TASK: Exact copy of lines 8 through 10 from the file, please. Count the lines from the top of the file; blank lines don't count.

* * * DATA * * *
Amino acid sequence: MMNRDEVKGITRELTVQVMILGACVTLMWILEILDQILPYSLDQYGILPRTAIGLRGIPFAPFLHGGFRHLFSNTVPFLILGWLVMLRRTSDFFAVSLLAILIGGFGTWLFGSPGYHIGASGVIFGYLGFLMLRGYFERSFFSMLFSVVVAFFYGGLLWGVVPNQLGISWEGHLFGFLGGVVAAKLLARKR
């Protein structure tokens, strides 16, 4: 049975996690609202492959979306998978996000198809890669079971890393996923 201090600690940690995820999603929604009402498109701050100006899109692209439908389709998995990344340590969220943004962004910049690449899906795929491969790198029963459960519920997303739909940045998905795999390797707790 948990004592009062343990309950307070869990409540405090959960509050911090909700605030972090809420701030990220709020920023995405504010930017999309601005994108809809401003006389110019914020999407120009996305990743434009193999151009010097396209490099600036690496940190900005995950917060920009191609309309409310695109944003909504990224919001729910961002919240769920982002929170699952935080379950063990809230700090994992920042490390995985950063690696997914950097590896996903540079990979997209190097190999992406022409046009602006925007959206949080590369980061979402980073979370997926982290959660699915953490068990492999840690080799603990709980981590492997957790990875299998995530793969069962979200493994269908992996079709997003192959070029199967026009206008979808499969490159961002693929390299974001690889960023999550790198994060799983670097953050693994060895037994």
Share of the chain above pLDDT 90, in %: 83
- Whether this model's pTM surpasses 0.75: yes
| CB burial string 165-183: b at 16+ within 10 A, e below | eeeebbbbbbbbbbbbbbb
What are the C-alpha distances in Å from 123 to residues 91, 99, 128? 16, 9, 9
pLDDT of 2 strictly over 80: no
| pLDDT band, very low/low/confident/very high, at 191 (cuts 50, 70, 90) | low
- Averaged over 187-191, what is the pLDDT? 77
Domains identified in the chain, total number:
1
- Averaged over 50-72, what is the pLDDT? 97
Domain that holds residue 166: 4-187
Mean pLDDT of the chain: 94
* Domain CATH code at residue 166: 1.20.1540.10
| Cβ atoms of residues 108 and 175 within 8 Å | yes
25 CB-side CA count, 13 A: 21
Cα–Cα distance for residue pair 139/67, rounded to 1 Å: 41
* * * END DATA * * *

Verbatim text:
| pLDDT band, very low/low/confident/very high, at 191 (cuts 50, 70, 90) | low
- Averaged over 187-191, what is the pLDDT? 77
Domains identified in the chain, total number: